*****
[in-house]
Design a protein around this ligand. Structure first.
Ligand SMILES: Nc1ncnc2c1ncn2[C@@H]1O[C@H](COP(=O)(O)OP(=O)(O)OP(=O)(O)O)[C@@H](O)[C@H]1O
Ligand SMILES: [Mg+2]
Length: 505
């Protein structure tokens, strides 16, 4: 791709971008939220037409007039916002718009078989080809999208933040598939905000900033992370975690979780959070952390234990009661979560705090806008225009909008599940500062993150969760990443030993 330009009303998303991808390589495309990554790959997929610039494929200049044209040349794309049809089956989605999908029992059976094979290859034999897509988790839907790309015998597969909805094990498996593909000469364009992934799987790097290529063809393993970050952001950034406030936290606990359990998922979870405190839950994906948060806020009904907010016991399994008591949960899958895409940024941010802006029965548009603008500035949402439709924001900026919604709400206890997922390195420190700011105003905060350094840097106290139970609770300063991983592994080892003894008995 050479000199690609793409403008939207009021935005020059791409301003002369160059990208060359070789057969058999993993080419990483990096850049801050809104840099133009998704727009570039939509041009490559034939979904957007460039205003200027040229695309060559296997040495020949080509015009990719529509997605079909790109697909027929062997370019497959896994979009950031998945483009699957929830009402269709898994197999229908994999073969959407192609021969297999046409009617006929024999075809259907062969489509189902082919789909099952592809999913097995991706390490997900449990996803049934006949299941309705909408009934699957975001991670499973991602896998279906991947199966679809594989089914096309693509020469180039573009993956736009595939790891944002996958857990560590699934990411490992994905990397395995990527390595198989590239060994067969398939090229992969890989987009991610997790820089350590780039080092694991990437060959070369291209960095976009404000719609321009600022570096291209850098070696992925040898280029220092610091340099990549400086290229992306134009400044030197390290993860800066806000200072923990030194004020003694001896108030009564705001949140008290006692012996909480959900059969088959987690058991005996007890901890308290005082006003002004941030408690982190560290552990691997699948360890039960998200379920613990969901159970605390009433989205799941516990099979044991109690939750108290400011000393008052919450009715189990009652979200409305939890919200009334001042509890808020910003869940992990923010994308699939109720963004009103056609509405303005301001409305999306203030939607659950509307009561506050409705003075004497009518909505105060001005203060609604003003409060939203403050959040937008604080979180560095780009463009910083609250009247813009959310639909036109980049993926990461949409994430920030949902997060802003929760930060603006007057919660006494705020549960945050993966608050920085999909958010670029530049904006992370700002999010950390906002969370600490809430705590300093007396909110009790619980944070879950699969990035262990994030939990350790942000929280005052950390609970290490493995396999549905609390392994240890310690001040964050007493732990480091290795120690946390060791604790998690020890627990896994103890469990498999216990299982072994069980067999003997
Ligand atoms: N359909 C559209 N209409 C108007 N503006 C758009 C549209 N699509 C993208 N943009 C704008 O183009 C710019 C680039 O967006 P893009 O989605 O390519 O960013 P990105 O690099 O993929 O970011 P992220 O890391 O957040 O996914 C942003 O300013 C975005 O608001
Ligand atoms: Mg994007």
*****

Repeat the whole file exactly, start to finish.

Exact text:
[in-house]
Design a protein around this ligand. Structure first.
Ligand SMILES: Nc1ncnc2c1ncn2[C@@H]1O[C@H](COP(=O)(O)OP(=O)(O)OP(=O)(O)O)[C@@H](O)[C@H]1O
Ligand SMILES: [Mg+2]
Length: 505
């Protein structure tokens, strides 16, 4: 791709971008939220037409007039916002718009078989080809999208933040598939905000900033992370975690979780959070952390234990009661979560705090806008225009909008599940500062993150969760990443030993 330009009303998303991808390589495309990554790959997929610039494929200049044209040349794309049809089956989605999908029992059976094979290859034999897509988790839907790309015998597969909805094990498996593909000469364009992934799987790097290529063809393993970050952001950034406030936290606990359990998922979870405190839950994906948060806020009904907010016991399994008591949960899958895409940024941010802006029965548009603008500035949402439709924001900026919604709400206890997922390195420190700011105003905060350094840097106290139970609770300063991983592994080892003894008995 050479000199690609793409403008939207009021935005020059791409301003002369160059990208060359070789057969058999993993080419990483990096850049801050809104840099133009998704727009570039939509041009490559034939979904957007460039205003200027040229695309060559296997040495020949080509015009990719529509997605079909790109697909027929062997370019497959896994979009950031998945483009699957929830009402269709898994197999229908994999073969959407192609021969297999046409009617006929024999075809259907062969489509189902082919789909099952592809999913097995991706390490997900449990996803049934006949299941309705909408009934699957975001991670499973991602896998279906991947199966679809594989089914096309693509020469180039573009993956736009595939790891944002996958857990560590699934990411490992994905990397395995990527390595198989590239060994067969398939090229992969890989987009991610997790820089350590780039080092694991990437060959070369291209960095976009404000719609321009600022570096291209850098070696992925040898280029220092610091340099990549400086290229992306134009400044030197390290993860800066806000200072923990030194004020003694001896108030009564705001949140008290006692012996909480959900059969088959987690058991005996007890901890308290005082006003002004941030408690982190560290552990691997699948360890039960998200379920613990969901159970605390009433989205799941516990099979044991109690939750108290400011000393008052919450009715189990009652979200409305939890919200009334001042509890808020910003869940992990923010994308699939109720963004009103056609509405303005301001409305999306203030939607659950509307009561506050409705003075004497009518909505105060001005203060609604003003409060939203403050959040937008604080979180560095780009463009910083609250009247813009959310639909036109980049993926990461949409994430920030949902997060802003929760930060603006007057919660006494705020549960945050993966608050920085999909958010670029530049904006992370700002999010950390906002969370600490809430705590300093007396909110009790619980944070879950699969990035262990994030939990350790942000929280005052950390609970290490493995396999549905609390392994240890310690001040964050007493732990480091290795120690946390060791604790998690020890627990896994103890469990498999216990299982072994069980067999003997
Ligand atoms: N359909 C559209 N209409 C108007 N503006 C758009 C549209 N699509 C993208 N943009 C704008 O183009 C710019 C680039 O967006 P893009 O989605 O390519 O960013 P990105 O690099 O993929 O970011 P992220 O890391 O957040 O996914 C942003 O300013 C975005 O608001
Ligand atoms: Mg994007």